"I…I don't understand," she sighed. "Maybe I should leave."
"The hit, you know, wanting me to buy them stuff."
"I don't want anything," she said softly. "Well, maybe … just a day out. You know, away from my folks. I just thought I would look you up."
"You are a strange one," he laughed, draping one arm over the back of the seat, digging out a pack of cigarettes with the other. "Fag?"
"No, no thank you." She watched him tap one out of the package, stick it between his teeth and then strike a match, using one hand, and take a deep drag.
"So, what did you have in mind?"
"I don't know…just…talk I guess."
"I get off work at seven. How about stopping for a drink or two?"
"As long as it isn't underground during an air raid I think I may like that," she said in a rush, glad that he was not sending her away. "I'm not much of a drinker."
"If I thought you were I wouldn't ask you out," he said evenly. "Now, run off, got to get back to work and there are a couple of fares up there."
"Sure," she said, opening the door and stepping out. "Should I meet you back here?"
"Yeah," he said, his eyes travelling down her body, "put on something nice."
She nodded and closed the door, watching the taxi pull forward and two businessmen in suits glance at her before jumping in the back, and then watched the black car pull away from the curb.
She had time to finish her shopping and to find a secluded place to transfigure her clothes. Feeling her neck begin to turn red, she stifled a grin as she thought of the tall, dark haired almost stranger that wanted to take her out for drinks.
Drinks, she thought, Merlin, now what? Suddenly feeling younger than her seventeen years, she started toward the shop, determined that she could do this.
She bought the beads she had come for, tucked them in her handbag and crossed the road to gaze at the summer frocks that were draped over slim bodied manikins in the shop's window. The heavy black drapes, pulled to the side, served as a reminder of what could happen in this world. Wrapping her arms around her waist, she glanced anxiously up to the sky, feeling exposed and alone, wondering if the sirens started…would he come.
In an act of bravery, so alien to her, she lifted her chin and pulled open the door. If she bought the dress she would always have it, even in Germany, married to a man that would not care, she would always have a reminder of this one day. Even at her cold winter wedding, she would have this.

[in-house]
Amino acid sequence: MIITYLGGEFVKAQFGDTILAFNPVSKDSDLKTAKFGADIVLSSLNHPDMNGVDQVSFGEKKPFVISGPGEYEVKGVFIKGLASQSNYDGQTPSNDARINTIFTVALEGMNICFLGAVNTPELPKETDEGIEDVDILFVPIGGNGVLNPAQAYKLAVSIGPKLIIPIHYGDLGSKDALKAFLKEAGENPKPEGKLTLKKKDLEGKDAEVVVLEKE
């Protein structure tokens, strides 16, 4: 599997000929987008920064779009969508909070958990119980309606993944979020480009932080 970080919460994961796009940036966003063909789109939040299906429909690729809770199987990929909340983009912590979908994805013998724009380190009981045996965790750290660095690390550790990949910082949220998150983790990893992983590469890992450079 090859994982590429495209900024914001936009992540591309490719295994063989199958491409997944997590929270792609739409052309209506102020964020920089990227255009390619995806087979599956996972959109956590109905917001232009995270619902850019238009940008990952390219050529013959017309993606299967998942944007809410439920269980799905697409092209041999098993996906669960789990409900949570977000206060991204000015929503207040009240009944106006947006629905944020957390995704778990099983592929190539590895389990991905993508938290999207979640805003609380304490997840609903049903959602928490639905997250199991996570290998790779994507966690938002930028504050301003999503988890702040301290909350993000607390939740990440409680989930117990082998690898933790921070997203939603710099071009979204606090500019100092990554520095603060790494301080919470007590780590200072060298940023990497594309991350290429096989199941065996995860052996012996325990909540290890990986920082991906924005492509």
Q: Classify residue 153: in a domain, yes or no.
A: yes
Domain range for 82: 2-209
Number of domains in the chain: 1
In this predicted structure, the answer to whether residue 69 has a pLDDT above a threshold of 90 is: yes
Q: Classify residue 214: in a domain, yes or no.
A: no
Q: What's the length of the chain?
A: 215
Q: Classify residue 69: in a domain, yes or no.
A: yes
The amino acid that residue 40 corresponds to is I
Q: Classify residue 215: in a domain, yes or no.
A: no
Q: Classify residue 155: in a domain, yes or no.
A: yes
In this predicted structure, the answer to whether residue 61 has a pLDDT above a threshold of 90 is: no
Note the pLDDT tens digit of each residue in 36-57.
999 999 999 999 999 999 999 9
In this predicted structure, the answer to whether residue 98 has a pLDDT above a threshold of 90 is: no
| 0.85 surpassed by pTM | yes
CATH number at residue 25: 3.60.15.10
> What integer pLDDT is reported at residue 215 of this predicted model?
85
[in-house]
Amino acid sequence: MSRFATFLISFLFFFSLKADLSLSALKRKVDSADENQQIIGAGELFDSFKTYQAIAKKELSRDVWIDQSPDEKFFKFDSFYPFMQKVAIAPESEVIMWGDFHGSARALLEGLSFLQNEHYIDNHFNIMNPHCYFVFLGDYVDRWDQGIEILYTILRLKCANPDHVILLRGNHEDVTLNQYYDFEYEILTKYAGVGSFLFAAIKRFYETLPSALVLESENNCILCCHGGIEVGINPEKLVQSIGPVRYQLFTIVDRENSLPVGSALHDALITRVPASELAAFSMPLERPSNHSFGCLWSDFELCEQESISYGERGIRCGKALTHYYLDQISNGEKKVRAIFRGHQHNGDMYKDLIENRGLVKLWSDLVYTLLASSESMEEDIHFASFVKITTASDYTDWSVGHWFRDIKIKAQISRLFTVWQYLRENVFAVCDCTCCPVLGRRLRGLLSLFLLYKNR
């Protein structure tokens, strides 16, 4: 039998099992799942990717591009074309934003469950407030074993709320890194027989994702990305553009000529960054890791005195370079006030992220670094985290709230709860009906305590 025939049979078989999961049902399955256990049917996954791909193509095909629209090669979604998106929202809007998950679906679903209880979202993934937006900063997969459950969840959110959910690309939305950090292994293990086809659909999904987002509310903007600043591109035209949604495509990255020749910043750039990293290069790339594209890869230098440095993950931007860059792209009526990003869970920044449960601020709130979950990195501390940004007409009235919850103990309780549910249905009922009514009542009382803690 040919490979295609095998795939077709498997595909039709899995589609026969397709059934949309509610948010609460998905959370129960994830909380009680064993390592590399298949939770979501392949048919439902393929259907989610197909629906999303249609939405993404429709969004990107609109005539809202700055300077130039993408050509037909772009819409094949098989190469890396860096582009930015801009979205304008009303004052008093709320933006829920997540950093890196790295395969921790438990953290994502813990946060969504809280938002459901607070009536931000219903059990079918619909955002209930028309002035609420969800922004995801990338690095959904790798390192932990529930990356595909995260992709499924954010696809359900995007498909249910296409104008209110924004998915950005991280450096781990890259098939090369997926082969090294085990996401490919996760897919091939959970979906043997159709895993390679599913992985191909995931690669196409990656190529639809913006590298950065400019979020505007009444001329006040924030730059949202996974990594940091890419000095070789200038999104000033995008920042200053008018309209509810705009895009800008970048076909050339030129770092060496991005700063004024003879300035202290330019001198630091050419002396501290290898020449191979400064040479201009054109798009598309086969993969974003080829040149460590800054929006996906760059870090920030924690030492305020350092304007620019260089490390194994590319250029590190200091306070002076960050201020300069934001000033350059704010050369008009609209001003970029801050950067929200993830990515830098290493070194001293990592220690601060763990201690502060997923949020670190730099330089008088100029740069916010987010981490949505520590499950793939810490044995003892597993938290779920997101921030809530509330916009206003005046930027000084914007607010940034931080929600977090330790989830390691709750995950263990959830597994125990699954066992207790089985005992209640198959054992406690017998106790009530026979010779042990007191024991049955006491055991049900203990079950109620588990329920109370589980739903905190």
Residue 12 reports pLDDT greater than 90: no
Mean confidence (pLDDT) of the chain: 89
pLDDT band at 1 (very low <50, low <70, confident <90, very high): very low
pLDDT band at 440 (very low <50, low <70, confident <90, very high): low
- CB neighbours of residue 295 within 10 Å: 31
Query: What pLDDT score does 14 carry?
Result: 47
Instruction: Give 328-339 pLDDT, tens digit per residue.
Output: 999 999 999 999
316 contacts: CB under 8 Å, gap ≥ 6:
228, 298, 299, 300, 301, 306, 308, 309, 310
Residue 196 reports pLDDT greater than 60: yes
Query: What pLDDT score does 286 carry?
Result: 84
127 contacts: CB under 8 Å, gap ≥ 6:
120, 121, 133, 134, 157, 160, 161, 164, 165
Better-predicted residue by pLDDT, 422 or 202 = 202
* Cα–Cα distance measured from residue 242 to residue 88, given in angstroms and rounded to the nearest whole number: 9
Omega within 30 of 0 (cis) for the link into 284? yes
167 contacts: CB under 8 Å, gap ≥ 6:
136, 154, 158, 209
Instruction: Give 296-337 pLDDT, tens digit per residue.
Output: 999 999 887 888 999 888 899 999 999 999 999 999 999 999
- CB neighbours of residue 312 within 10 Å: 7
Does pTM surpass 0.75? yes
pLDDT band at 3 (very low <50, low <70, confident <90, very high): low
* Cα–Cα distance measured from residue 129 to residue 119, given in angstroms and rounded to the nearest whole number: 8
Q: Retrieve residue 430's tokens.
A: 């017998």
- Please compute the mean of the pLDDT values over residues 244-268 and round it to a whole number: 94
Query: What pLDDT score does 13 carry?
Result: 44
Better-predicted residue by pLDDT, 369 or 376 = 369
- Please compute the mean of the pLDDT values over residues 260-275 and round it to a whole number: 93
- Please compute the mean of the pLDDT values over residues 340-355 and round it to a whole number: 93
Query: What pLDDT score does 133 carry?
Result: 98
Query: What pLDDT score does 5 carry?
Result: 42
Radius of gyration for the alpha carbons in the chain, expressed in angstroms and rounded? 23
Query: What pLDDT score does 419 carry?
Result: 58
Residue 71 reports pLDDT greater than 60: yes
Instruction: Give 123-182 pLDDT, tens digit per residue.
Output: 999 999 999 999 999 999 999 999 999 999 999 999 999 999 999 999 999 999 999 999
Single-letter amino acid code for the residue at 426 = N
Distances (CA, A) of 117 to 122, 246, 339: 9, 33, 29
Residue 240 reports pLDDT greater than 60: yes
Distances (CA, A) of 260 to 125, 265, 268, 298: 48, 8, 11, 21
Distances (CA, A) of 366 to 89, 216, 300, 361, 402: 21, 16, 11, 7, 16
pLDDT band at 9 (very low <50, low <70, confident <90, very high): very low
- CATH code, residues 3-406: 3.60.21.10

Five months, she thought as she spun in front of the mirror, feeling the full skirt swirl and whisper against her bare legs, five months more.
"It is quite lovely on you," the sales lady smiled. "I would go a size smaller. You can get away with it you know."
"I wish I had stockings," she sighed, looking over her shoulder into the full-length mirror.
"Are you wearing it tonight?"
"Yes, I … I want to wear it out. You can put my old clothes in a bag, but… I'll try on the smaller one."
"Step up," she pointed to a chair, "let me paint on your stockings."
Eileen felt all grown up as she sauntered to the taxi queue, seeing Tobias leaning against the boot, talking to his replacement. Her breath caught as he saw her, and stood up straight, flicking his cigarette butt into the street and smirking at her. Running to meet her in the middle of the street, he took her arm and led her back to the curb.
"Wow," he whispered, leaning down to her ear. "Seems that little schoolgirl went home."
"You like it?"
"Yes, yes I do." He licked his lips and looked down the street, seeing a small pub and started pulling her toward it. "I was going to take you someplace else, but with you looking like this I don't think so."
She would later think of the walk to the pub, how her hand had been tucked into his elbow, how his eyes had flickered from the pavement to her, the gentle way he had squeezed her hand and the way his face had darkened in what she had assumed was desire.
In the coming years, when things got too much for her to handle, she would remember the way he had slid into the booth next to her, his hand under the table as he had stroked and kneaded her leg and repeatedly leaned down to kiss the outer shell of her ear. She would remember his smell, sweaty and sweet, smoky and harsh, and the way he had apologised for not taking time to shower and change before their date.
When she held an ice pack to her cheek, to take down the swelling from one more blow from his beefy hand, roughened and strengthened by his work in the mill, she would remember how he had tenderly carried her upstairs and had laid her down.
However, what she would remember the most, years later as she buried him in a pauper's grave, north of Spinner's End, was the way she had clung to him. Skin against skin, her nails digging into his back, crying out her love for him and the way he had only closed his eyes, lowered his head and had come to completion without repeating her words.